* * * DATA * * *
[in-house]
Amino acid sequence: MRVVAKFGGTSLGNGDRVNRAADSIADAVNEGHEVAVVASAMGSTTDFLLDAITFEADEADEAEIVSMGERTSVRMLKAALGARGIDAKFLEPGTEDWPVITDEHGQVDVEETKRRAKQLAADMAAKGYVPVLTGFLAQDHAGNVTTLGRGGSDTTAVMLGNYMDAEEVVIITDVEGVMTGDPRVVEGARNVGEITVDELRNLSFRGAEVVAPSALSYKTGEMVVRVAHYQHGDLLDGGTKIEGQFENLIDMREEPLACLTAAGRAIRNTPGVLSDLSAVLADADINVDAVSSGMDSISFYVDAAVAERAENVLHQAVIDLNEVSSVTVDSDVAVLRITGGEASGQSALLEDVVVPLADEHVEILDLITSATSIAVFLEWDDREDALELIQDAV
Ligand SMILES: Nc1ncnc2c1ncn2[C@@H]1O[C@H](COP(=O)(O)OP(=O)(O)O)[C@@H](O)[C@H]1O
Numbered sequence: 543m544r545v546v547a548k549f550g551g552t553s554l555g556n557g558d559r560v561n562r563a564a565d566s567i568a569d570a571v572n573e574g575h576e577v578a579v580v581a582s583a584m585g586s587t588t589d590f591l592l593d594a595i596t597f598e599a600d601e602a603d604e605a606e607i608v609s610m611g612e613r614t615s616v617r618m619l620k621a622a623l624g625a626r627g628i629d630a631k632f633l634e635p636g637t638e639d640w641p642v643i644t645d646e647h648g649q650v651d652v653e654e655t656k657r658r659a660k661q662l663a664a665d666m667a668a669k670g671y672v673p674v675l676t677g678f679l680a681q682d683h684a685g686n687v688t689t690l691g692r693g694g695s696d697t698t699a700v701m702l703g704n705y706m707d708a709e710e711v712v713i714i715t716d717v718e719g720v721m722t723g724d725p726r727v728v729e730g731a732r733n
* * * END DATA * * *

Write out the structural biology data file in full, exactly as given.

[in-house]
Amino acid sequence: MRVVAKFGGTSLGNGDRVNRAADSIADAVNEGHEVAVVASAMGSTTDFLLDAITFEADEADEAEIVSMGERTSVRMLKAALGARGIDAKFLEPGTEDWPVITDEHGQVDVEETKRRAKQLAADMAAKGYVPVLTGFLAQDHAGNVTTLGRGGSDTTAVMLGNYMDAEEVVIITDVEGVMTGDPRVVEGARNVGEITVDELRNLSFRGAEVVAPSALSYKTGEMVVRVAHYQHGDLLDGGTKIEGQFENLIDMREEPLACLTAAGRAIRNTPGVLSDLSAVLADADINVDAVSSGMDSISFYVDAAVAERAENVLHQAVIDLNEVSSVTVDSDVAVLRITGGEASGQSALLEDVVVPLADEHVEILDLITSATSIAVFLEWDDREDALELIQDAV
Ligand SMILES: Nc1ncnc2c1ncn2[C@@H]1O[C@H](COP(=O)(O)OP(=O)(O)O)[C@@H](O)[C@H]1O
Numbered sequence: 543m544r545v546v547a548k549f550g551g552t553s554l555g556n557g558d559r560v561n562r563a564a565d566s567i568a569d570a571v572n573e574g575h576e577v578a579v580v581a582s583a584m585g586s587t588t589d590f591l592l593d594a595i596t597f598e599a600d601e602a603d604e605a606e607i608v609s610m611g612e613r614t615s616v617r618m619l620k621a622a623l624g625a626r627g628i629d630a631k632f633l634e635p636g637t638e639d640w641p642v643i644t645d646e647h648g649q650v651d652v653e654e655t656k657r658r659a660k661q662l663a664a665d666m667a668a669k670g671y672v673p674v675l676t677g678f679l680a681q682d683h684a685g686n687v688t689t690l691g692r693g694g695s696d697t698t699a700v701m702l703g704n705y706m707d708a709e710e711v712v713i714i715t716d717v718e719g720v721m722t723g724d725p726r727v728v729e730g731a732r733n